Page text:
Davenport, T. H. (2006). Competing on analyticsHarvard Business Review, 84(1), 98-107.


  1. Hi Beth

    Your reflection this week was very readable and flowed nicely from point to point. The quality is up from week 4 and I can see you reflections getting better no only through better structuring of your points but also a more skillful use of Daudelin's framework. You did well to pull theory into your reflection this week, although you could have used slightly more of theory to back up your points. You talked about the problem of you and your team failing to reflection on both sides of the success equation, failures and successes (an topical observation considering the readings). You explored the surface of this problem drawing from your teams difficulty to predict results. Bringing in knowledge from outside this course (from marketing and psychology) is always a good idea, so well done with that, it really added to the depth of your analysis of your problem.

    As a psychology student I'm sure you could agree that you could delve deeper in with your thinking (reaching higher in Bloom's Taxonomy). In moving your reflections from good to great, I think this depth is a very necessary step. You have the foundation of a great reflection down, and if you're applying the feedback you've been getting from the past weeks I'm sure you'll do well. There are two simple ways you can encourage a deep reflection. The first is to pick a really hard "problem" that require a lot of thinking to solve/understand/put into words. The second (which I feel applies to this reflection a lot more) is even when you're stuck with a seemingly surface "problem", keep asking yourself provocative questions. Questions like" why am I thinking like this, what assumptions am I making, How am I really I'm framing this issue, what are the perspectives of others on this, so what, etc.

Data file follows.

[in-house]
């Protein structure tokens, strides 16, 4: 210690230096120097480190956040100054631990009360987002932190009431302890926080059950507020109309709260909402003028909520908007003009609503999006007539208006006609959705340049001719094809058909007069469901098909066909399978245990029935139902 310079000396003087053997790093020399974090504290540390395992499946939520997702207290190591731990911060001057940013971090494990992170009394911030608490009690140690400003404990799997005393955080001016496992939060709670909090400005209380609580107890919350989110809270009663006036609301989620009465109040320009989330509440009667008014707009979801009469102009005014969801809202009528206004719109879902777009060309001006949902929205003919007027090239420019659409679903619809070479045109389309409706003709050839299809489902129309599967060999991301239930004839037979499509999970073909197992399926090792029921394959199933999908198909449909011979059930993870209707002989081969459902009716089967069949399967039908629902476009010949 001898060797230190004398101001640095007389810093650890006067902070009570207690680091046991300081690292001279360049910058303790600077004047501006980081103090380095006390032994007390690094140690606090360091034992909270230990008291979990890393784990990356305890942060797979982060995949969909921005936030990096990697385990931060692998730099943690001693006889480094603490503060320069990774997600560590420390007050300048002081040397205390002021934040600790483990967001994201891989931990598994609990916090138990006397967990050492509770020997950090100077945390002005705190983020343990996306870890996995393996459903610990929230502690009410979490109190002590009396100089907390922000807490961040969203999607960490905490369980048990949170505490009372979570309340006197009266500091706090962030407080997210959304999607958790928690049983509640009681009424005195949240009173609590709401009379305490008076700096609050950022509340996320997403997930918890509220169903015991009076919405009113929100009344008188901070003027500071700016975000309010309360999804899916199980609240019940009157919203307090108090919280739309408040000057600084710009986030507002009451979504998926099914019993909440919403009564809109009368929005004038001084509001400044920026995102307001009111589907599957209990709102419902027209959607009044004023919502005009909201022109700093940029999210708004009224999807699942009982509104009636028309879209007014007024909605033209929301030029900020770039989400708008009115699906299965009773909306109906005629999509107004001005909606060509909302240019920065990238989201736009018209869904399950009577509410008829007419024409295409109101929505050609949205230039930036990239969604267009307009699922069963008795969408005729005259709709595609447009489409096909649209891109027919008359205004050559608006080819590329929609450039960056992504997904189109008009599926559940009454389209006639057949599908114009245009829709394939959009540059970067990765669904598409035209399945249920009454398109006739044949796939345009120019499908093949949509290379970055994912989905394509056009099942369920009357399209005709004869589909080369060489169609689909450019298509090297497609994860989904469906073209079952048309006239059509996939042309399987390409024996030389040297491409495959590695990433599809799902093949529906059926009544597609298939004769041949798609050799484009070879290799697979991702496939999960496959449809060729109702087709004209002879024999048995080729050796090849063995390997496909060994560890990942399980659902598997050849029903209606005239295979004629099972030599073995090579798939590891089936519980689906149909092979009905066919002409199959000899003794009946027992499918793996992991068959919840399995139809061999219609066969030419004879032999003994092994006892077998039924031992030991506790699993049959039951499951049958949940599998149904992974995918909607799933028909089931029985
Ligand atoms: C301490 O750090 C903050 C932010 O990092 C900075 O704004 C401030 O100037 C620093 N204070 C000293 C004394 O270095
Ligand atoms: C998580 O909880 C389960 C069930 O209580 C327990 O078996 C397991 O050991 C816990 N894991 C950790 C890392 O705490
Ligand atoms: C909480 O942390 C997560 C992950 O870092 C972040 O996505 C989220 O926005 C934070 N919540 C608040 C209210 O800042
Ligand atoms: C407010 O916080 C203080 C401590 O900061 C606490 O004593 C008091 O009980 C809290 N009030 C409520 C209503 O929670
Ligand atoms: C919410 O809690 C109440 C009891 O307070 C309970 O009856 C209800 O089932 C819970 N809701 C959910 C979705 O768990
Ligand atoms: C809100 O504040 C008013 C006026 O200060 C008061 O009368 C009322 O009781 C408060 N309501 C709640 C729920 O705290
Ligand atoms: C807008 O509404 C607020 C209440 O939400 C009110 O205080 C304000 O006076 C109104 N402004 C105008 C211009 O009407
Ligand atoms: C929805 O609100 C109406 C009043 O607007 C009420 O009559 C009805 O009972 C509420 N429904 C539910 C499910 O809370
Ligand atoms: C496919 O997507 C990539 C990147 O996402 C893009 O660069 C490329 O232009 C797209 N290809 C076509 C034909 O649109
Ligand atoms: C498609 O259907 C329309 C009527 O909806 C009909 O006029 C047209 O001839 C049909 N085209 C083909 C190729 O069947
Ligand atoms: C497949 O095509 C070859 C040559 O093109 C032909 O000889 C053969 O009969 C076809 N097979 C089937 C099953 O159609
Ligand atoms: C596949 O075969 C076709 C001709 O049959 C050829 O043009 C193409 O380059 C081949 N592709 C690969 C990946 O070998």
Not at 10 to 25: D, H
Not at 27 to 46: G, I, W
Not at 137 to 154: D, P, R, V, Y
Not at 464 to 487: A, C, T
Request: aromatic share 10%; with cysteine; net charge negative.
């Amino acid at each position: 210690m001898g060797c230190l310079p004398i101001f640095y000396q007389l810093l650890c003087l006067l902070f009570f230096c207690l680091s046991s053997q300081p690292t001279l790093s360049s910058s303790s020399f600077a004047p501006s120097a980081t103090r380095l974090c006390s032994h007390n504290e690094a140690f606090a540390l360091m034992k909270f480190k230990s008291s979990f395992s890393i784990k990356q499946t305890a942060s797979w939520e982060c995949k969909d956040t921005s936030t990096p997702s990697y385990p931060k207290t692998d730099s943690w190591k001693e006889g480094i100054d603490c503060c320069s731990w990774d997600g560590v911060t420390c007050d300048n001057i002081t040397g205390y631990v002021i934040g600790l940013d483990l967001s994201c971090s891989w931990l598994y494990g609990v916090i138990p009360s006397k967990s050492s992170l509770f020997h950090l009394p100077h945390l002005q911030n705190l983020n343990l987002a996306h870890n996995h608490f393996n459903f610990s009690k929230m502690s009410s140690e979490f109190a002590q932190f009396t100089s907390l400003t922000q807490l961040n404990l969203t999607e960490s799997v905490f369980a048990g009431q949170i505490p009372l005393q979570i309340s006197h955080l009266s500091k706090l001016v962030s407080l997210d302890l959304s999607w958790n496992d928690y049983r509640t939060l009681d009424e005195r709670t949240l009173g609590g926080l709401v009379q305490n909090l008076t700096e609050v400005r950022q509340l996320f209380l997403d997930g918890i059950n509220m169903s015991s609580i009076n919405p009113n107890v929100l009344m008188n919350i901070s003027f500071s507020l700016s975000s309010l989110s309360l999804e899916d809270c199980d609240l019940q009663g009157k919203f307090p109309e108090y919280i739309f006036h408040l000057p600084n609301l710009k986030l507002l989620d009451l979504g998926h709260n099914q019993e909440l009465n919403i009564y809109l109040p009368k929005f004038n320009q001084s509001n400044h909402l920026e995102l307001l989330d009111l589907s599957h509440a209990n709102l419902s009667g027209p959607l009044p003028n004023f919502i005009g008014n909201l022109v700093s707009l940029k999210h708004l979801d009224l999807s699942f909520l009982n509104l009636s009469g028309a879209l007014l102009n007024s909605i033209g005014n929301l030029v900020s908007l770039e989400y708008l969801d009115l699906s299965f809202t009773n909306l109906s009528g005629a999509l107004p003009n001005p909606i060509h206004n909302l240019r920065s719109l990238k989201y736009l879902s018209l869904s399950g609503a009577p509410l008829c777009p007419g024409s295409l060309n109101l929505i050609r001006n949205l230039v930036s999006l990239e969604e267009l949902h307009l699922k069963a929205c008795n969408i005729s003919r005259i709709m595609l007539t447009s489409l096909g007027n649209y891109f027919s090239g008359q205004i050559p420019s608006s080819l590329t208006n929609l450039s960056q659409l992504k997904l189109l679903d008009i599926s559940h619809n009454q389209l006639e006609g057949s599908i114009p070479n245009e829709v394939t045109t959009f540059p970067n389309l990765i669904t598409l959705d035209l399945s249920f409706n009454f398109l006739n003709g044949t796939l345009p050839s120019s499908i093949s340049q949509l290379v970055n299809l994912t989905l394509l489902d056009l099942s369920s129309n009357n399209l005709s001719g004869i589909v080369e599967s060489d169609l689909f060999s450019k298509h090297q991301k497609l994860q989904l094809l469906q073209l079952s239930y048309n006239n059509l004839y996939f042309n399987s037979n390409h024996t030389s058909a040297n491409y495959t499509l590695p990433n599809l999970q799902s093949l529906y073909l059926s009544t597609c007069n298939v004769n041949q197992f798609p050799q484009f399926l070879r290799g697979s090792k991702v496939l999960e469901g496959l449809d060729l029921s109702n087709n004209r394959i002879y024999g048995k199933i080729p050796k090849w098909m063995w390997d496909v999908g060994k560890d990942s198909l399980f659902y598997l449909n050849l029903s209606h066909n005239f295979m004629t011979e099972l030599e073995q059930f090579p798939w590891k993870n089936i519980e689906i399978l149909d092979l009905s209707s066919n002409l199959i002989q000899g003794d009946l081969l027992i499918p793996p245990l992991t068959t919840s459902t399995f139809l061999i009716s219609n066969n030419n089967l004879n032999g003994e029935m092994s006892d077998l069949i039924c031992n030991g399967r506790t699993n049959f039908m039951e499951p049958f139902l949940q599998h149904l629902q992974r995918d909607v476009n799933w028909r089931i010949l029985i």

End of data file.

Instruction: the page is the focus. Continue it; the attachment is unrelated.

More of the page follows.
These type of questions will fuel your thinking and help you fast-track some quality insights from your reflections.

    All the best and good luck for your summative journal. 

  2. Hi Beth,

    Nice reading your journal again. I really enjoyed going back to your week 4 journal and seeing the progress you have made not only in your group, but also in your journals. It is evident that you now have a wider knowledge and awareness of the different components of mikes bikes and are able to interrelate your knowledge to your journals, reading and vice versa. Because of this, I can safely say that your journal entries have improved in a number of ways. Firstly your week 9 journal compared to your week 4 is much more critical, and you are very naturally incorporating Daudelin's framework to your writing. I also liked how you incorporate knowledge from outside the course. Tacit knowledge and previous/outside experience in a relevant field (for you this would be psych) is a very effective way to take a journal entry from good, to great.


    Another great journal entry, all the best for the final weeks of semester (smile)